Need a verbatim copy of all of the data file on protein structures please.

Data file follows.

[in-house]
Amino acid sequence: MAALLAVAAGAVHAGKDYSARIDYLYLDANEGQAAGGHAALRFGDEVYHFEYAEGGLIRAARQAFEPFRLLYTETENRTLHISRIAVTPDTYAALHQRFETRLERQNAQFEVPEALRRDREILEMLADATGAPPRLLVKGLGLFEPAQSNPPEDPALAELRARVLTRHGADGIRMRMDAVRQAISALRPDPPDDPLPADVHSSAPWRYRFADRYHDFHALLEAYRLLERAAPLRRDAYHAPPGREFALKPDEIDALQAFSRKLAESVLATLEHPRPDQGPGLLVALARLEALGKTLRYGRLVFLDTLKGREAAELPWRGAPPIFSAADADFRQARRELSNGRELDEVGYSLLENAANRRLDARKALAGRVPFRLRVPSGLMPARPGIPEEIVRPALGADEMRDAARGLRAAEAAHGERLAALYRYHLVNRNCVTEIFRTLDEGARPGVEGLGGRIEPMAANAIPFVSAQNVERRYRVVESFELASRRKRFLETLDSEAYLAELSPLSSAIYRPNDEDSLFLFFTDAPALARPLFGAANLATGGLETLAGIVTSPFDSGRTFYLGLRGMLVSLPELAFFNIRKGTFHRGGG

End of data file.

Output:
[in-house]
Amino acid sequence: MAALLAVAAGAVHAGKDYSARIDYLYLDANEGQAAGGHAALRFGDEVYHFEYAEGGLIRAARQAFEPFRLLYTETENRTLHISRIAVTPDTYAALHQRFETRLERQNAQFEVPEALRRDREILEMLADATGAPPRLLVKGLGLFEPAQSNPPEDPALAELRARVLTRHGADGIRMRMDAVRQAISALRPDPPDDPLPADVHSSAPWRYRFADRYHDFHALLEAYRLLERAAPLRRDAYHAPPGREFALKPDEIDALQAFSRKLAESVLATLEHPRPDQGPGLLVALARLEALGKTLRYGRLVFLDTLKGREAAELPWRGAPPIFSAADADFRQARRELSNGRELDEVGYSLLENAANRRLDARKALAGRVPFRLRVPSGLMPARPGIPEEIVRPALGADEMRDAARGLRAAEAAHGERLAALYRYHLVNRNCVTEIFRTLDEGARPGVEGLGGRIEPMAANAIPFVSAQNVERRYRVVESFELASRRKRFLETLDSEAYLAELSPLSSAIYRPNDEDSLFLFFTDAPALARPLFGAANLATGGLETLAGIVTSPFDSGRTFYLGLRGMLVSLPELAFFNIRKGTFHRGGG